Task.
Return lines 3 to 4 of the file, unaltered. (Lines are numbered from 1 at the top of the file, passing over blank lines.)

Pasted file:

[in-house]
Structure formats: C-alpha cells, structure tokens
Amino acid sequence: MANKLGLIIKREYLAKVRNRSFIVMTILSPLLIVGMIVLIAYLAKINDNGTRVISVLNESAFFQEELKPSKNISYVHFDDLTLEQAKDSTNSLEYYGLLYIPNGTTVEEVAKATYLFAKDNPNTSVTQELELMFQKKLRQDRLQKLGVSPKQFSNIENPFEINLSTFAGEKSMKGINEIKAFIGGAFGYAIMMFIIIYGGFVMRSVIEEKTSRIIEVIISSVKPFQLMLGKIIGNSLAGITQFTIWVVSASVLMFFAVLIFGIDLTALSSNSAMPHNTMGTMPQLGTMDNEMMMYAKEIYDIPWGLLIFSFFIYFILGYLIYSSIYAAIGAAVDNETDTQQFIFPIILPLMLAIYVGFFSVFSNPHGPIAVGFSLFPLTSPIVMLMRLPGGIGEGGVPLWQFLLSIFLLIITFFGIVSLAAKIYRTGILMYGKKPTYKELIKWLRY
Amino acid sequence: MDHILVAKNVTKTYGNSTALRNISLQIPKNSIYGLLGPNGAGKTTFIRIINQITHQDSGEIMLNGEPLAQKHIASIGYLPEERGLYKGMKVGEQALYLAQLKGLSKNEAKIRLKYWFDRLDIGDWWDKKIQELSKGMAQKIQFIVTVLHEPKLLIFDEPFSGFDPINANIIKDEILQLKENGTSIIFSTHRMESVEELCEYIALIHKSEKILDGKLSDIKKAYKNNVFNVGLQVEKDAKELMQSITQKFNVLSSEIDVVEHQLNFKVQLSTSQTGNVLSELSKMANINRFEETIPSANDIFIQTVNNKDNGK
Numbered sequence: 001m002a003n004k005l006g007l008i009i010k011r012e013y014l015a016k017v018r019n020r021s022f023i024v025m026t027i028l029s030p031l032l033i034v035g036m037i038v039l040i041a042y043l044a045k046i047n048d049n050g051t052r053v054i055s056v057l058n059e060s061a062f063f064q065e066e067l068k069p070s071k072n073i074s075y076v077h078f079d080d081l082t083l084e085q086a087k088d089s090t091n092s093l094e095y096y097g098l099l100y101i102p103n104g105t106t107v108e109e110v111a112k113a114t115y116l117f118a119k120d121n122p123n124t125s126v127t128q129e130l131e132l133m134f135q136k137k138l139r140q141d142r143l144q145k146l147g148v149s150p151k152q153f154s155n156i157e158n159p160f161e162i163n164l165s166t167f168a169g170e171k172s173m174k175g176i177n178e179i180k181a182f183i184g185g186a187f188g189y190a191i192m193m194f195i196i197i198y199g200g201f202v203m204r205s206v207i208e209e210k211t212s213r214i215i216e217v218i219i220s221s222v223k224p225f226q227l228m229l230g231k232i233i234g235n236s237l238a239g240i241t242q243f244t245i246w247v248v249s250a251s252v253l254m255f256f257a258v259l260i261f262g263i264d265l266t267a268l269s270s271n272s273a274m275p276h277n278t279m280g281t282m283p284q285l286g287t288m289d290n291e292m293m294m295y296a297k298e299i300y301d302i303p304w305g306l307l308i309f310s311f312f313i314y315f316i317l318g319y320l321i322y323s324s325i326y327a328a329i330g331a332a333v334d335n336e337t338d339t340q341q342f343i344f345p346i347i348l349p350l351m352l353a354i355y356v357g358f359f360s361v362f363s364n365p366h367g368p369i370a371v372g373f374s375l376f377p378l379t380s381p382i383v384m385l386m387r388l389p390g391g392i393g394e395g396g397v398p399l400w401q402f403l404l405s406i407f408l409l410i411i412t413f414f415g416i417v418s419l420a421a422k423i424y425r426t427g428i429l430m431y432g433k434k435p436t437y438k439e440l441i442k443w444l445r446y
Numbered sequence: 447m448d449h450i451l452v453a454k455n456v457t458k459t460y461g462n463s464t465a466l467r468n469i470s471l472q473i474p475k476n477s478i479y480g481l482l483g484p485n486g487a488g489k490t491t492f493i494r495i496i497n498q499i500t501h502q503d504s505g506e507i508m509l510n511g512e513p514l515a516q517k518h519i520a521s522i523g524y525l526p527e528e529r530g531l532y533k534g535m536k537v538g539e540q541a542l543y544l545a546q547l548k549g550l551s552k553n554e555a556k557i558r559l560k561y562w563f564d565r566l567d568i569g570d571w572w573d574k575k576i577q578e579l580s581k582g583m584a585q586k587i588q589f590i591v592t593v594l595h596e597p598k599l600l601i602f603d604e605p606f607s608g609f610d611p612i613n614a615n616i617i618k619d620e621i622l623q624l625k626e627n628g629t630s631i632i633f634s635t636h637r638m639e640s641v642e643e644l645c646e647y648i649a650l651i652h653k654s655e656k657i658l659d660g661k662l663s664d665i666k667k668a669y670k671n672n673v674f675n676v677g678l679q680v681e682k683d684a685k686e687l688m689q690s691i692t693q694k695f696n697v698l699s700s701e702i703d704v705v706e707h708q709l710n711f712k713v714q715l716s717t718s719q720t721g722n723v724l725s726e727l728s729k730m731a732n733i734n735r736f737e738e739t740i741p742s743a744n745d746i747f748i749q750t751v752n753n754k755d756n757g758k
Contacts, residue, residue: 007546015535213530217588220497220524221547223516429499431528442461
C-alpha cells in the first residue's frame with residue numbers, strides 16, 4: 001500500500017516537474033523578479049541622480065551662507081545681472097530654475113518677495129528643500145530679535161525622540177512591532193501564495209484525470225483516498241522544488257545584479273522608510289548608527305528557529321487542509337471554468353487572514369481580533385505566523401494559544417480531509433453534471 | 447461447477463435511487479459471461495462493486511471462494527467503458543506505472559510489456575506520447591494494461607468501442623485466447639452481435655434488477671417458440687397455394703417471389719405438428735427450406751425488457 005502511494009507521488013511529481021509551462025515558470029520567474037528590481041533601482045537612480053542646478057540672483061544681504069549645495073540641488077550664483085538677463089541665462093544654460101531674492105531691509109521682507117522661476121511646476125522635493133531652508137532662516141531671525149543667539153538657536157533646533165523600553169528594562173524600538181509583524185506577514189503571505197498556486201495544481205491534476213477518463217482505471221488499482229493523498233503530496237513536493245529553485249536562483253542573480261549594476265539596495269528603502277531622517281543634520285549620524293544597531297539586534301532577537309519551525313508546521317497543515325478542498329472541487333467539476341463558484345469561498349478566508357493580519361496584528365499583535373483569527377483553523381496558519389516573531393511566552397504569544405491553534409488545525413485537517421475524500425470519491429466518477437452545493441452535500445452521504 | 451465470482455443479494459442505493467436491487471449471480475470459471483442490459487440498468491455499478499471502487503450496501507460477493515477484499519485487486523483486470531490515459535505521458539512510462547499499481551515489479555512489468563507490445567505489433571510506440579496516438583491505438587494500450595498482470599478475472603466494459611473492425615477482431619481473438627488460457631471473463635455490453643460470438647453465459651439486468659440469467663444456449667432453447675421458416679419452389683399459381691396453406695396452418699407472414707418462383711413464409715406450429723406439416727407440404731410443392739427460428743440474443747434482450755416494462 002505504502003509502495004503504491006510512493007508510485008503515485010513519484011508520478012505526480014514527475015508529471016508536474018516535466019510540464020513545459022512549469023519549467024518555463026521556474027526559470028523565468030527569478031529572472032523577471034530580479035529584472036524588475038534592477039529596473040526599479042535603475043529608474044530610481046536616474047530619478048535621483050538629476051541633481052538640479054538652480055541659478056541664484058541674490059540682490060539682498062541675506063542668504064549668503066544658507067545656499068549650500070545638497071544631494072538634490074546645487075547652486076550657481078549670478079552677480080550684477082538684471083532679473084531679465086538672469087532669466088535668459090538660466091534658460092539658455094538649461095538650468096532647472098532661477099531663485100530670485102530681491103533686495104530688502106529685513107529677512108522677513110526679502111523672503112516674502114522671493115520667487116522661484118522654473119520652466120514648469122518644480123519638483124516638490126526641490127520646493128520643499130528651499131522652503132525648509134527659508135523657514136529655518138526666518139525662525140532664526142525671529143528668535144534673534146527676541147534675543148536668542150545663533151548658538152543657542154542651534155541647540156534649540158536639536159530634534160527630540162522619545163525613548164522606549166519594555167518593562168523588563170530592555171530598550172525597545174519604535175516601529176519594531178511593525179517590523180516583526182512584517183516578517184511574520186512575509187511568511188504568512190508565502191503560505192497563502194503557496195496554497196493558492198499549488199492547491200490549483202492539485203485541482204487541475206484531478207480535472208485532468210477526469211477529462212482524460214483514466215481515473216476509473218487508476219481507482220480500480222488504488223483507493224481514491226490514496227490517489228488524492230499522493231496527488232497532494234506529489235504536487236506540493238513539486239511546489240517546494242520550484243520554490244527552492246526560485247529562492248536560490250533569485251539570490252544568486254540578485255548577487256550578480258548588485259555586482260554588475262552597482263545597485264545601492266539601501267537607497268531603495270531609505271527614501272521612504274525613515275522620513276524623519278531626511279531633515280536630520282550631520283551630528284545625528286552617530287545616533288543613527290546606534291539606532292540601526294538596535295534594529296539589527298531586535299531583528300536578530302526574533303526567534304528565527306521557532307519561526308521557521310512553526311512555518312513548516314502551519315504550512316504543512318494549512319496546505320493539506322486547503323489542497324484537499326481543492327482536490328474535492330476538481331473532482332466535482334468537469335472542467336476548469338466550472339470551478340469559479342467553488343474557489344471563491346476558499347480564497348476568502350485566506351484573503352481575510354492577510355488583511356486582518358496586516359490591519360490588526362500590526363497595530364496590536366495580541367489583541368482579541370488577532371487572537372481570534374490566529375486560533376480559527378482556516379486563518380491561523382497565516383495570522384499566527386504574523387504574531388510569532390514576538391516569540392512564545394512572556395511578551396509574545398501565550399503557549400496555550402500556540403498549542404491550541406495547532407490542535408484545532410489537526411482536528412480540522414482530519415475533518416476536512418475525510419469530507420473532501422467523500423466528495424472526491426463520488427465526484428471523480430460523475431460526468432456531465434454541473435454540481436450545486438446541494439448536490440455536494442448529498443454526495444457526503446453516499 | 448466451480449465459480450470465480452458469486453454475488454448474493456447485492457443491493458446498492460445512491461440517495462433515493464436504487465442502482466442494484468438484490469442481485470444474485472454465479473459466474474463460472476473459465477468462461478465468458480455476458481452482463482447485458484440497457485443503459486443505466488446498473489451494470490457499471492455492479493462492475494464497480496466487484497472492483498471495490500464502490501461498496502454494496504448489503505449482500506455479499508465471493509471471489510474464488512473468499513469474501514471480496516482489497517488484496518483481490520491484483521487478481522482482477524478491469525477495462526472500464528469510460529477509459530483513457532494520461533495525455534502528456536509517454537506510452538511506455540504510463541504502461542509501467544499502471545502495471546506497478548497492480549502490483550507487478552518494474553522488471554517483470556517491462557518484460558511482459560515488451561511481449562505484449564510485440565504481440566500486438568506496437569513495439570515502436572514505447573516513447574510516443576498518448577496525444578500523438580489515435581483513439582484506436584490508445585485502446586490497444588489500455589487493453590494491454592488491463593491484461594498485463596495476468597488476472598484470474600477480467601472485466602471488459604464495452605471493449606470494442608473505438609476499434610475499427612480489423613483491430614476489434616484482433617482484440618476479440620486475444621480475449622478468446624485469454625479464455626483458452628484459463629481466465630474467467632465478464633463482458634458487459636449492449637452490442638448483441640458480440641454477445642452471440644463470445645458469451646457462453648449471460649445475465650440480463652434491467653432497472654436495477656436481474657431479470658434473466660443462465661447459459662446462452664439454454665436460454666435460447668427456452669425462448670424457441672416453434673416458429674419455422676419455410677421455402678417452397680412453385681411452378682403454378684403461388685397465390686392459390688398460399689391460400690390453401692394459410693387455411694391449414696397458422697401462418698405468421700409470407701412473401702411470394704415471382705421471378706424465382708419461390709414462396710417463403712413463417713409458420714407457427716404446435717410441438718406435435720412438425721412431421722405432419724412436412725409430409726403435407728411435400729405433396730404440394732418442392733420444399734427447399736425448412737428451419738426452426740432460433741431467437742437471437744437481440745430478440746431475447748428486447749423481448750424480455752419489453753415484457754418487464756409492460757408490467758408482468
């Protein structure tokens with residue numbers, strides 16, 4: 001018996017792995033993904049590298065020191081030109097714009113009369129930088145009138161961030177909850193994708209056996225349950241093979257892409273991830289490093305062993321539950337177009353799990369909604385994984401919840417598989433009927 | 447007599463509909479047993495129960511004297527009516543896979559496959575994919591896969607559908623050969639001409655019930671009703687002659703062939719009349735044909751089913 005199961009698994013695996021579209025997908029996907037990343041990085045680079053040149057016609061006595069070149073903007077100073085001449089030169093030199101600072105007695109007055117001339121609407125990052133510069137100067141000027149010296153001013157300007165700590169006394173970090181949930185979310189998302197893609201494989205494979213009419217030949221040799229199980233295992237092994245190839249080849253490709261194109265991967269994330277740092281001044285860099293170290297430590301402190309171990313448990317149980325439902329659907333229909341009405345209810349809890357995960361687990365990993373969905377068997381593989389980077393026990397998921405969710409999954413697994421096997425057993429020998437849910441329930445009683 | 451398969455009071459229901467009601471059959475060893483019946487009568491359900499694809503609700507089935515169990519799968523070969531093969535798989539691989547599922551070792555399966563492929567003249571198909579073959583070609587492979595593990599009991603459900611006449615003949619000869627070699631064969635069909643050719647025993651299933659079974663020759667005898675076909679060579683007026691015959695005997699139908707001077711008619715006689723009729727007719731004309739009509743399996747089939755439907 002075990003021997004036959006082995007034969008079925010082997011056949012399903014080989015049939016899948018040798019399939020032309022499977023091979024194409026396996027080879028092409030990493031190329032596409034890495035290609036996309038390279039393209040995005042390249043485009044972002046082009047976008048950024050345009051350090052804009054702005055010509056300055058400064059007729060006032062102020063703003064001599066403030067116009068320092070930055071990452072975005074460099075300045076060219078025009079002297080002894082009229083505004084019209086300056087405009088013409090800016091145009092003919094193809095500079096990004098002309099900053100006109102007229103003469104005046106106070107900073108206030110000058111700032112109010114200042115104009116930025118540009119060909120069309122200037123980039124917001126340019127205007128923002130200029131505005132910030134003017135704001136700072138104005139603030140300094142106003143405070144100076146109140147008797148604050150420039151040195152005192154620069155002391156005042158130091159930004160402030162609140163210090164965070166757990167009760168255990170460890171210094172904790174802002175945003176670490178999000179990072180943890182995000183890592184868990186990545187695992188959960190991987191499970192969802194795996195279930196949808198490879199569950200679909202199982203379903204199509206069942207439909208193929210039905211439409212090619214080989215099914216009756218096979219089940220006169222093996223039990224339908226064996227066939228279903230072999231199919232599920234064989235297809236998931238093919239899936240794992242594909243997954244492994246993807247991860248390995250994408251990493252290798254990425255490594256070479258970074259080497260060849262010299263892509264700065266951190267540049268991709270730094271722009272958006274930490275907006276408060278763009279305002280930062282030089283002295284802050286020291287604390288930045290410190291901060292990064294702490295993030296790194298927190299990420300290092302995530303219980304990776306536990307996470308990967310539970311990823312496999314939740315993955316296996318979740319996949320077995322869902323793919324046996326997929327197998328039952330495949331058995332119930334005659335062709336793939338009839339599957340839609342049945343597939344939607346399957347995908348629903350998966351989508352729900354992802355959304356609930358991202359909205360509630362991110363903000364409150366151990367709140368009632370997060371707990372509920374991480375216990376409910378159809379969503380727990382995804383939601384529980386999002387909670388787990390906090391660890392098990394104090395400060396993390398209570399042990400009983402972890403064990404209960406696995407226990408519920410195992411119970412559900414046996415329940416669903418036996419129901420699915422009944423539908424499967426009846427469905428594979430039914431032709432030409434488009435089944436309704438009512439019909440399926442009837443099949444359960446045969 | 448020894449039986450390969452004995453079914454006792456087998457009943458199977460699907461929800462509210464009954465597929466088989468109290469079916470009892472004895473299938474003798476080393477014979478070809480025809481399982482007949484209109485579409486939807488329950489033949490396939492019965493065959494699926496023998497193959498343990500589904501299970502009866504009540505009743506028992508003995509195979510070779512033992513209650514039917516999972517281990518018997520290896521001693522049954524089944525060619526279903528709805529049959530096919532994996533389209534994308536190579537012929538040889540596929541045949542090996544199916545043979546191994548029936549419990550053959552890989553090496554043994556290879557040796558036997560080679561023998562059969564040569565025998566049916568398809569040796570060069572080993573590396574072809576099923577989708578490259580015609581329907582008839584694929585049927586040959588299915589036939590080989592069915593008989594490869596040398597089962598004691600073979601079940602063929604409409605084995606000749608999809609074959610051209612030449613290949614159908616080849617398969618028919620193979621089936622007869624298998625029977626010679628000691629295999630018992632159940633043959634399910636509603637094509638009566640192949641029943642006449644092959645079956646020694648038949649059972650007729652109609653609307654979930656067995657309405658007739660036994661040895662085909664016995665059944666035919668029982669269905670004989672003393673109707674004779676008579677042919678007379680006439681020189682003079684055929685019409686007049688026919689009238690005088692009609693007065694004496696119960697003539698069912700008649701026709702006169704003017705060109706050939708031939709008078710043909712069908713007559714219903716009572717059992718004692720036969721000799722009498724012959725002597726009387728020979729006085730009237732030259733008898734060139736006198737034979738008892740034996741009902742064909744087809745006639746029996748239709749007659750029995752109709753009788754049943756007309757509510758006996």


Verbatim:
Amino acid sequence: MANKLGLIIKREYLAKVRNRSFIVMTILSPLLIVGMIVLIAYLAKINDNGTRVISVLNESAFFQEELKPSKNISYVHFDDLTLEQAKDSTNSLEYYGLLYIPNGTTVEEVAKATYLFAKDNPNTSVTQELELMFQKKLRQDRLQKLGVSPKQFSNIENPFEINLSTFAGEKSMKGINEIKAFIGGAFGYAIMMFIIIYGGFVMRSVIEEKTSRIIEVIISSVKPFQLMLGKIIGNSLAGITQFTIWVVSASVLMFFAVLIFGIDLTALSSNSAMPHNTMGTMPQLGTMDNEMMMYAKEIYDIPWGLLIFSFFIYFILGYLIYSSIYAAIGAAVDNETDTQQFIFPIILPLMLAIYVGFFSVFSNPHGPIAVGFSLFPLTSPIVMLMRLPGGIGEGGVPLWQFLLSIFLLIITFFGIVSLAAKIYRTGILMYGKKPTYKELIKWLRY
Amino acid sequence: MDHILVAKNVTKTYGNSTALRNISLQIPKNSIYGLLGPNGAGKTTFIRIINQITHQDSGEIMLNGEPLAQKHIASIGYLPEERGLYKGMKVGEQALYLAQLKGLSKNEAKIRLKYWFDRLDIGDWWDKKIQELSKGMAQKIQFIVTVLHEPKLLIFDEPFSGFDPINANIIKDEILQLKENGTSIIFSTHRMESVEELCEYIALIHKSEKILDGKLSDIKKAYKNNVFNVGLQVEKDAKELMQSITQKFNVLSSEIDVVEHQLNFKVQLSTSQTGNVLSELSKMANINRFEETIPSANDIFIQTVNNKDNGK